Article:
• On the passenger side of the car, push the now-freed glass rear window up and reach down until you find an electrical connector, similar to a computer hard-drive connector. Squeeze it to unlatch it.
  • There is one plastic rotary latch on each side of the top of the carpeted subwoofer. Yes, you have to remove the subwoofer to check the power steering fluid. Unlatch your side.
  • And the other.
  • Lift the subwoofer assembly out of the car. Don’t scratch your $3,600 GT Silver paintjob. Put it somewhere on the ground.
  • There are four more rotary latches to undo on the carpeted panel beneath the subwoofer. Unlatch the ones on your side.
  • And the other side.
  • Lift this flexible carpeted panel out of the car. It’s nice to have help to do this, by the way.
  • Now you’re confronted by a plastic/metal panel sealing the engine compartment. This, at least, has metal fasteners. Unlatch the fasteners on your side.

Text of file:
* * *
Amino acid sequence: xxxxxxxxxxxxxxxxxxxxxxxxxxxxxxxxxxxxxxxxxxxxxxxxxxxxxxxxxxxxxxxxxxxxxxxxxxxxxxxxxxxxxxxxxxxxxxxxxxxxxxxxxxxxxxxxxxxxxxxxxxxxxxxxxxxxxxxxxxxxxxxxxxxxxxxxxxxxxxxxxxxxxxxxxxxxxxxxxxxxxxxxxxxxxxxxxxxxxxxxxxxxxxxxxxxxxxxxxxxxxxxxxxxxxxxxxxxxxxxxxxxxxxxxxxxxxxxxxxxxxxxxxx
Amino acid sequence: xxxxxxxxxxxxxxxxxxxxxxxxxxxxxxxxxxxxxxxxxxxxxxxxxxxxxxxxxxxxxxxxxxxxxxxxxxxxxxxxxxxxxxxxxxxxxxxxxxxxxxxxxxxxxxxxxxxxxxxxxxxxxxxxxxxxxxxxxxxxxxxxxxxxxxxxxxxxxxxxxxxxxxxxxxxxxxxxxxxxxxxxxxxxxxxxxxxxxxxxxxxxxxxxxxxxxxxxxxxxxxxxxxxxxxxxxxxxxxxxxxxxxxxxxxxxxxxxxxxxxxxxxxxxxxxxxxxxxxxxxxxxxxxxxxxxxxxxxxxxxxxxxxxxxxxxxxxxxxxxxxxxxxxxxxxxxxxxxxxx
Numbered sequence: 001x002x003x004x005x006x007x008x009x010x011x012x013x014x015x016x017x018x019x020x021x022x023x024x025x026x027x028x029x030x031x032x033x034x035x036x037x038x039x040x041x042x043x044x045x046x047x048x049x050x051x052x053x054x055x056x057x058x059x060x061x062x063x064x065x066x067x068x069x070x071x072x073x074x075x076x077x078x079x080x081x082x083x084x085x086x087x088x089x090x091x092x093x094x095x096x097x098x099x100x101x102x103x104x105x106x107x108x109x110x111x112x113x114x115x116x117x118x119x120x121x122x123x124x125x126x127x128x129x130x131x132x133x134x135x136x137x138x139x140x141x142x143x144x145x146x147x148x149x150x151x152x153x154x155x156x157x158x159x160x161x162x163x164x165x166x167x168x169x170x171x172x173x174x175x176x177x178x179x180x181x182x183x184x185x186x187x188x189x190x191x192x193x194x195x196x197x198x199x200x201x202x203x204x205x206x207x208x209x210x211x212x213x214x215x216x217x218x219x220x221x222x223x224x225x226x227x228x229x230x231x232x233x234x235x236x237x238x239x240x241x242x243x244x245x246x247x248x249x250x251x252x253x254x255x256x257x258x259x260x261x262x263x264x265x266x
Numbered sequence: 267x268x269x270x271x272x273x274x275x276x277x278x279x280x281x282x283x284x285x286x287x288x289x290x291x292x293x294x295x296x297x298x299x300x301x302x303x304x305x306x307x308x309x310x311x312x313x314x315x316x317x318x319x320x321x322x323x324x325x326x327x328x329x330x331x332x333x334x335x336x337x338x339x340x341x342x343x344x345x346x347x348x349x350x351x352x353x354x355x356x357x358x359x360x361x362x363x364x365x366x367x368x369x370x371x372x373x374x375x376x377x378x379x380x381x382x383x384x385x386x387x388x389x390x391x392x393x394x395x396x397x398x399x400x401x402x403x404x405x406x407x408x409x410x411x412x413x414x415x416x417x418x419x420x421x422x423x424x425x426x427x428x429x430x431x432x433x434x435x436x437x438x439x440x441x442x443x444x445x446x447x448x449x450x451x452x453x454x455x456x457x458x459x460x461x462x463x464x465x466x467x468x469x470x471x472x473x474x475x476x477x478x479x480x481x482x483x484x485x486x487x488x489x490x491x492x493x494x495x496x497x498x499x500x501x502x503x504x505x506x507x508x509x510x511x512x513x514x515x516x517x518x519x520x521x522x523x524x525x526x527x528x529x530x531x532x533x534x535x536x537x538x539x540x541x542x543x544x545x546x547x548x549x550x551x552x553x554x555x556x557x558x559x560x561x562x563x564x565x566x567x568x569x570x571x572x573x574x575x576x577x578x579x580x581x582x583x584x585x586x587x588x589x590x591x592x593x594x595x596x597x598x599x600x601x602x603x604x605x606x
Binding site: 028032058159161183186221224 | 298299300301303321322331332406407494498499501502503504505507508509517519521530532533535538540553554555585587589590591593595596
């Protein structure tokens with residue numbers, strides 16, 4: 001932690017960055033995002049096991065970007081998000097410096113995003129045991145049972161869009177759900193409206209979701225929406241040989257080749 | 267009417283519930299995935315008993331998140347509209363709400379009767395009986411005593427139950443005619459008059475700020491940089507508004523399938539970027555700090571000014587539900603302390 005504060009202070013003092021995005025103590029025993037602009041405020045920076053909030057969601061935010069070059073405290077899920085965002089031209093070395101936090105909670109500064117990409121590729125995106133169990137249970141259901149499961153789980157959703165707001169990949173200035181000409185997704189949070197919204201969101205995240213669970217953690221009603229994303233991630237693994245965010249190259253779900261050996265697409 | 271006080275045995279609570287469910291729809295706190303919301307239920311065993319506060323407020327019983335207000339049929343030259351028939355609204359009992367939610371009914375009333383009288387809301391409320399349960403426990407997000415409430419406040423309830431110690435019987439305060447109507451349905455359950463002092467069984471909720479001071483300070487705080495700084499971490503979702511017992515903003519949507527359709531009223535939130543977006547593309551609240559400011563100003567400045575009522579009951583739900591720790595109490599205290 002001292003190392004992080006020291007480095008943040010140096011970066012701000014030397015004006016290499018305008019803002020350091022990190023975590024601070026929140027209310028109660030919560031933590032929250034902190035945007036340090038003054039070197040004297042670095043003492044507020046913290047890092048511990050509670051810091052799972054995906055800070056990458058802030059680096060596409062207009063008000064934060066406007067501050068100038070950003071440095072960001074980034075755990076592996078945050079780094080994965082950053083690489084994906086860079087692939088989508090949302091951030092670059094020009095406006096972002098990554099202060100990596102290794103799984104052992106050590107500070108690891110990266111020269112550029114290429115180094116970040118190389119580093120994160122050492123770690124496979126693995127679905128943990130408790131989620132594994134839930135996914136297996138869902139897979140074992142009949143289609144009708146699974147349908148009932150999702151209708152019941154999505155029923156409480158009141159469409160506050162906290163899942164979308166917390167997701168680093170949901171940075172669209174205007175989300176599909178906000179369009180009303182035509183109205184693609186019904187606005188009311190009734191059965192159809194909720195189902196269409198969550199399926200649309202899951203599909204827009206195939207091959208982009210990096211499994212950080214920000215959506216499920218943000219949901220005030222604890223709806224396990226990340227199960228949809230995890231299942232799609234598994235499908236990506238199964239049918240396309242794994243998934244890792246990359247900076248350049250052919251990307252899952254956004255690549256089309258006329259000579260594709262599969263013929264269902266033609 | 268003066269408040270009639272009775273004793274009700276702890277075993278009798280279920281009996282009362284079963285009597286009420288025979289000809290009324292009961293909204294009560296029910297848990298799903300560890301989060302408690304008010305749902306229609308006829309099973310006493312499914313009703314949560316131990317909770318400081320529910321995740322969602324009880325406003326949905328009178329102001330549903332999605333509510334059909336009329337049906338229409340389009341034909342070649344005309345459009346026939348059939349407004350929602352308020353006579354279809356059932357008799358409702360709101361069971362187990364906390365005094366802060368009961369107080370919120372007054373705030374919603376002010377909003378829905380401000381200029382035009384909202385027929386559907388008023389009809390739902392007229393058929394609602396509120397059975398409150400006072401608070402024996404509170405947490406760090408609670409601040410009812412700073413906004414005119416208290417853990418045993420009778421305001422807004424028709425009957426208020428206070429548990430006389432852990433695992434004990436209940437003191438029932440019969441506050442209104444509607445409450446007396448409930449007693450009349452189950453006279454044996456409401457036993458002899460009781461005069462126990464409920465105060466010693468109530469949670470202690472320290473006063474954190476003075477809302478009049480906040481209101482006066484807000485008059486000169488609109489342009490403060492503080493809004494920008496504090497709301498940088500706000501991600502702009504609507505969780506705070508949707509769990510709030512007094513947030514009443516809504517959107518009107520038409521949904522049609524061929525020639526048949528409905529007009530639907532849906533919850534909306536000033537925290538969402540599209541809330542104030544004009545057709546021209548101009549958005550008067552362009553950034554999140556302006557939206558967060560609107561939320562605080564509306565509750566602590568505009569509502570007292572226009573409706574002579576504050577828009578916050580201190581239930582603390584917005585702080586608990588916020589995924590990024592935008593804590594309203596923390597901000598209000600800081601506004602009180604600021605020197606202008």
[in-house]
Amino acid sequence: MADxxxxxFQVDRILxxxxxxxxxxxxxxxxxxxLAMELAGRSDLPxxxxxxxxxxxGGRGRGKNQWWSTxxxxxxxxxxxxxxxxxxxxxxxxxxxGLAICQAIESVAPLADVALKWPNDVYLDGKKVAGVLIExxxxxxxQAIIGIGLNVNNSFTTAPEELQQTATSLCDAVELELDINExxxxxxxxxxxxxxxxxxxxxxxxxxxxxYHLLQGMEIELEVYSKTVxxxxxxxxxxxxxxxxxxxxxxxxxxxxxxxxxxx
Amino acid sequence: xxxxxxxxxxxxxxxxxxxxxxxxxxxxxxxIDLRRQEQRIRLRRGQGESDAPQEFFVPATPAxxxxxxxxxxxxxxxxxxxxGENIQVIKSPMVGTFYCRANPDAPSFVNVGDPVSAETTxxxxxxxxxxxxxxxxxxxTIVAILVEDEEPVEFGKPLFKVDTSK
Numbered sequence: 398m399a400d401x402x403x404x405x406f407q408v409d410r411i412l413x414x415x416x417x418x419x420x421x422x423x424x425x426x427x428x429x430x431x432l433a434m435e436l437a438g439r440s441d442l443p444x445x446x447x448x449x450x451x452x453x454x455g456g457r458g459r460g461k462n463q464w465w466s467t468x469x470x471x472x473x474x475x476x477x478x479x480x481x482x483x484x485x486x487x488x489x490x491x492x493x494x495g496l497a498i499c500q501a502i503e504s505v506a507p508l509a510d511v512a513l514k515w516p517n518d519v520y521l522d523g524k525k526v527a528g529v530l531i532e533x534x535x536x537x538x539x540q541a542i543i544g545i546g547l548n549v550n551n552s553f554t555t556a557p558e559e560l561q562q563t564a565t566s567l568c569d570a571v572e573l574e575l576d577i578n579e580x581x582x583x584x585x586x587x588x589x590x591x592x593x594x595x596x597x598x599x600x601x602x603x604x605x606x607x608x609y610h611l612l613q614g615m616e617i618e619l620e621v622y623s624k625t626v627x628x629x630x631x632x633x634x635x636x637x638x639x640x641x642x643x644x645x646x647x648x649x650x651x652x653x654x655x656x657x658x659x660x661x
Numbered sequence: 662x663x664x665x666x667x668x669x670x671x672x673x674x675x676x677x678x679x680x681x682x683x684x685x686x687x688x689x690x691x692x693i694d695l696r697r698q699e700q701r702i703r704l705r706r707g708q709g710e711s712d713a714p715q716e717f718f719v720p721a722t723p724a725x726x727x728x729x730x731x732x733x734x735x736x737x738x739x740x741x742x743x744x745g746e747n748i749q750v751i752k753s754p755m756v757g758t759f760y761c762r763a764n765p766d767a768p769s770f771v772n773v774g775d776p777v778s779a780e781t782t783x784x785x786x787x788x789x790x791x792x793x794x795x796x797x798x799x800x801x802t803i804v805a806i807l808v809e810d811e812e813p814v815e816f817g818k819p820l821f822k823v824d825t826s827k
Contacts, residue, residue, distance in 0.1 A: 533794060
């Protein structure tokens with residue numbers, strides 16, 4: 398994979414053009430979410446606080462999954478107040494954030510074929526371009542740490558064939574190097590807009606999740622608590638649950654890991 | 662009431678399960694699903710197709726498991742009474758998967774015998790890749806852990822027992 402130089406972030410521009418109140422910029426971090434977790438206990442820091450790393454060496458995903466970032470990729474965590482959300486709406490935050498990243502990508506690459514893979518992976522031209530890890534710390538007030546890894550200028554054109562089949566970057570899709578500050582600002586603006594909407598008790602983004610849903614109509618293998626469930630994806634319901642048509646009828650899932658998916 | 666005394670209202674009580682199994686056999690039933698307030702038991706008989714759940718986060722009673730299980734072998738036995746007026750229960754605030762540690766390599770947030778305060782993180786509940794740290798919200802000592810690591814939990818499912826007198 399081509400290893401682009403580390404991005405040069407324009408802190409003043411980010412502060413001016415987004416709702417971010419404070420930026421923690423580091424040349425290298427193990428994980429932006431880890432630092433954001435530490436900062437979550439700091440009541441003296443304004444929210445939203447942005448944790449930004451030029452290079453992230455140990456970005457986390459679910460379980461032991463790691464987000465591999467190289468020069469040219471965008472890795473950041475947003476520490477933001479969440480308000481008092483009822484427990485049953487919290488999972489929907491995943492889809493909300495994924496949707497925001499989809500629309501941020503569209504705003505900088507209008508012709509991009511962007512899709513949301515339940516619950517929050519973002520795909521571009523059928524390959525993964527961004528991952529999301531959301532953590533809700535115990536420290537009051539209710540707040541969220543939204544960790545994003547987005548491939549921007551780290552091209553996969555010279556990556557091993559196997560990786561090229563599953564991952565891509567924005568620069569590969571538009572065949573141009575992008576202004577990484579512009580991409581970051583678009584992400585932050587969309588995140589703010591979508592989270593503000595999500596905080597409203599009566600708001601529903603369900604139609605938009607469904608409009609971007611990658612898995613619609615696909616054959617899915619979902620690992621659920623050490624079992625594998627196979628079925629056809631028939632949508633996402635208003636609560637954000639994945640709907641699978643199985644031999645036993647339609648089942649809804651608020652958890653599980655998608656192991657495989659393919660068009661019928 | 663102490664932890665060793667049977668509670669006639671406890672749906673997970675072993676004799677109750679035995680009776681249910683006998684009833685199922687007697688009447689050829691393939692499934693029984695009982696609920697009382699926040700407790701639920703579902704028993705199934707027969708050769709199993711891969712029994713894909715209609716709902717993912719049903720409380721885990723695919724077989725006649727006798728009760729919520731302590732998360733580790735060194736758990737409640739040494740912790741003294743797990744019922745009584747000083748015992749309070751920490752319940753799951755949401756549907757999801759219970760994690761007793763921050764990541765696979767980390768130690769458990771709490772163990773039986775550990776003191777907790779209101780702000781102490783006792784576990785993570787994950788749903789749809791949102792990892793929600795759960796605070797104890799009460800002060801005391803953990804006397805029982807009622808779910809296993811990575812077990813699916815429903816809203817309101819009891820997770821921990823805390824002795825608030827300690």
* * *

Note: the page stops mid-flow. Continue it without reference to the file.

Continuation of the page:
• And the other side.
  • Lift this panel, which weighs about 25 pounds, off the top of the car without scratching or damaging anything. Put it somewhere. Again, nice to have help at this stage.
  • The power steering fluid filler and dipstick is at the very edge of the engine comparment. Unscrew and check.
  • Perform all the steps in reverse to reassemble. Be exceptionally careful about the snap-ball connectors. They have a limited lifespan.

Thirty-two steps. To check the power steering fluid. In a car that is well-known to require checking of that fluid on a frequent basis. If you actually need to replace the power steering pump, prepare to enter a new and exciting area of Hell itself. You’ll be lucky if that’s all you have to do. Boxsters are notorious for melting the very lines which carry the fluid to the rack. The lines are more expensive than the pump and require massive disassembly to replace.